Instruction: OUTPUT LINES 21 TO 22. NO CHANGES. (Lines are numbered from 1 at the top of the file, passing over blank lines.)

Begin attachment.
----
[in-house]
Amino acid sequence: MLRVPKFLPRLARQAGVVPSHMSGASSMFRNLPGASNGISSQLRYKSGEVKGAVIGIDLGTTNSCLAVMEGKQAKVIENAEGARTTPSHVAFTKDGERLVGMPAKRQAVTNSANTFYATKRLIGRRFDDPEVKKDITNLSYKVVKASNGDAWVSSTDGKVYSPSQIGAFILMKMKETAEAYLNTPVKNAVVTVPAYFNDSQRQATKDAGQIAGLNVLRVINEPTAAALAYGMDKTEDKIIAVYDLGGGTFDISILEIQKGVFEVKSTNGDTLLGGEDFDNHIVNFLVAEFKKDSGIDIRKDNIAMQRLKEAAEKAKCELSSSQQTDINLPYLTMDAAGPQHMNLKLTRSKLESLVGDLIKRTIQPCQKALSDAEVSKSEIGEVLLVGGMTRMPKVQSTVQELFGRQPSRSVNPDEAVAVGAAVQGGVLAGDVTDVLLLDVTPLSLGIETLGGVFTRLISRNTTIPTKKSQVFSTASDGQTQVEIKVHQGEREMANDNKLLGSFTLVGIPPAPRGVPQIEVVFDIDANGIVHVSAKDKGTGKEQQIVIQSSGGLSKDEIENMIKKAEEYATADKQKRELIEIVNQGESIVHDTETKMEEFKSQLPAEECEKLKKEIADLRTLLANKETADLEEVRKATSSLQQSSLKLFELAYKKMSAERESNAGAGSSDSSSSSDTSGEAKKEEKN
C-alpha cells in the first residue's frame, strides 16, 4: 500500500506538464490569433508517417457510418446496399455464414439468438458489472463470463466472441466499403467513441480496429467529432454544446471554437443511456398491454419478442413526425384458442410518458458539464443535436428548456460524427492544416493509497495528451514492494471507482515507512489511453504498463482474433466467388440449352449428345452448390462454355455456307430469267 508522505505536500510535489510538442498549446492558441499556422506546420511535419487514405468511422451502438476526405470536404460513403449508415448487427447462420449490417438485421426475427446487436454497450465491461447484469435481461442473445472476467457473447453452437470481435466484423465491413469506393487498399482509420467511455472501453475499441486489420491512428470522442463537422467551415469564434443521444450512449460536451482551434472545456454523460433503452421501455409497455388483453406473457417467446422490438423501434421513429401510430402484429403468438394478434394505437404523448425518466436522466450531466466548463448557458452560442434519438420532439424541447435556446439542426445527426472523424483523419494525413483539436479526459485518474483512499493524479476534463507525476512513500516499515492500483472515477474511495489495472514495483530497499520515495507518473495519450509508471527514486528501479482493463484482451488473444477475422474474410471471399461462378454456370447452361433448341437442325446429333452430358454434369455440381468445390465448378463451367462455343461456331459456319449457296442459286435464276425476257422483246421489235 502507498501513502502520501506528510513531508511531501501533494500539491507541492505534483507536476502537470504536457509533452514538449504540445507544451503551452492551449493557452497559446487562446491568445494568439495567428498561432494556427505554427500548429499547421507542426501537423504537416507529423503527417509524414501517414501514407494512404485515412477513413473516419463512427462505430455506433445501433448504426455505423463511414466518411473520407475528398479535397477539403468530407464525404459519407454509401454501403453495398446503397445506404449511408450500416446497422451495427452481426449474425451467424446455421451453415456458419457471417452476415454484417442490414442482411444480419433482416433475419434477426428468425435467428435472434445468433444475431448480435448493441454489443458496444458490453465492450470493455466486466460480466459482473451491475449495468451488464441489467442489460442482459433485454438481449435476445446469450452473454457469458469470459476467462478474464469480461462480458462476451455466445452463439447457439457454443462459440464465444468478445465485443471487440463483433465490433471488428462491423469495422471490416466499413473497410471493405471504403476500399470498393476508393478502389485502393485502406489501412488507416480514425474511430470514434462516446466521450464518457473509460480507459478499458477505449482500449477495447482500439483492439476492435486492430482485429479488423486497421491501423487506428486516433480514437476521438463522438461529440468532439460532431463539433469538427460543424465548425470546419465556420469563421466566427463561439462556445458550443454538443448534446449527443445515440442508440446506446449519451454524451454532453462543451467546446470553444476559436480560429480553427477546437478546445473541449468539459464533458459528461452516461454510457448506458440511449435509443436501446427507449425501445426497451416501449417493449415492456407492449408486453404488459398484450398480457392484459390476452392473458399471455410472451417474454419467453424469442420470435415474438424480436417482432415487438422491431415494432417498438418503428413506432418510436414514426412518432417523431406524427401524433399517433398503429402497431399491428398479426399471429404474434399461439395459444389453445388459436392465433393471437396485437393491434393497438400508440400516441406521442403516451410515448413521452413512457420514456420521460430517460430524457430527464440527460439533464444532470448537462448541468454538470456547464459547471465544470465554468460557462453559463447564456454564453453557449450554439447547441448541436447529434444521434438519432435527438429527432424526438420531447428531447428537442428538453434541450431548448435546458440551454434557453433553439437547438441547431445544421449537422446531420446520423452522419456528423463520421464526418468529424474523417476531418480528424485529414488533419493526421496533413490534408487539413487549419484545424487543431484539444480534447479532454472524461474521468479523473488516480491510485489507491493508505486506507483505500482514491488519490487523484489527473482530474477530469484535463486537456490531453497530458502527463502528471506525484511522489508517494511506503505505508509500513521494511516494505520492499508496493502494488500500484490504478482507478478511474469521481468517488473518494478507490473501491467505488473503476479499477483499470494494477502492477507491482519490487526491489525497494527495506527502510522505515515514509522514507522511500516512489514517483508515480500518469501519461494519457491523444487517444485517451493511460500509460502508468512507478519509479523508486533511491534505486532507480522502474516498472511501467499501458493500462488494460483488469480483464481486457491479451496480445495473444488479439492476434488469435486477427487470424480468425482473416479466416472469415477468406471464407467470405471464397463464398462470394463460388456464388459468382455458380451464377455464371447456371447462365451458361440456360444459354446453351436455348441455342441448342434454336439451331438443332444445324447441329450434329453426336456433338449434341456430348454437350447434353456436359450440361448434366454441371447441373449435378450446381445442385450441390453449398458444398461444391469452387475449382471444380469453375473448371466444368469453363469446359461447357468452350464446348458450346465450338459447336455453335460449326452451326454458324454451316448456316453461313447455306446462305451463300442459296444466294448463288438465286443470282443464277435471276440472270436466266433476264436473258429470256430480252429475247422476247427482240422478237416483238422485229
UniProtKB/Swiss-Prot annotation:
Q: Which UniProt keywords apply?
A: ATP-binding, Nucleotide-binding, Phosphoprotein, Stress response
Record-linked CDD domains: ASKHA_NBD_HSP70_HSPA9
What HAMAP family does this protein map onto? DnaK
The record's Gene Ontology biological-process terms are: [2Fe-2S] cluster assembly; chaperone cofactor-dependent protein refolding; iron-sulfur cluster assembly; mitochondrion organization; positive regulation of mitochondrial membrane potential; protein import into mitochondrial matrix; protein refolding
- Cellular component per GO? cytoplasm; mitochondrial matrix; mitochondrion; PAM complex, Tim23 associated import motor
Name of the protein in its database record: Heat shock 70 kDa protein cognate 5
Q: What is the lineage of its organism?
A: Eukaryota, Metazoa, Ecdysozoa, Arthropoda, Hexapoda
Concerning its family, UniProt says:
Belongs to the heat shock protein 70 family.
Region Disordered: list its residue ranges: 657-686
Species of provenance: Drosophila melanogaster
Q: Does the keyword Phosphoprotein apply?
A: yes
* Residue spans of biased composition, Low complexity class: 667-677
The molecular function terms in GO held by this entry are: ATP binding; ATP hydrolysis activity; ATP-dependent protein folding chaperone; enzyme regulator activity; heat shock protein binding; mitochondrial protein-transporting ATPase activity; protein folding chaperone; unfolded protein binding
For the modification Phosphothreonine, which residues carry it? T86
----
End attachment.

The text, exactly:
The molecular function terms in GO held by this entry are: ATP binding; ATP hydrolysis activity; ATP-dependent protein folding chaperone; enzyme regulator activity; heat shock protein binding; mitochondrial protein-transporting ATPase activity; protein folding chaperone; unfolded protein binding
For the modification Phosphothreonine, which residues carry it? T86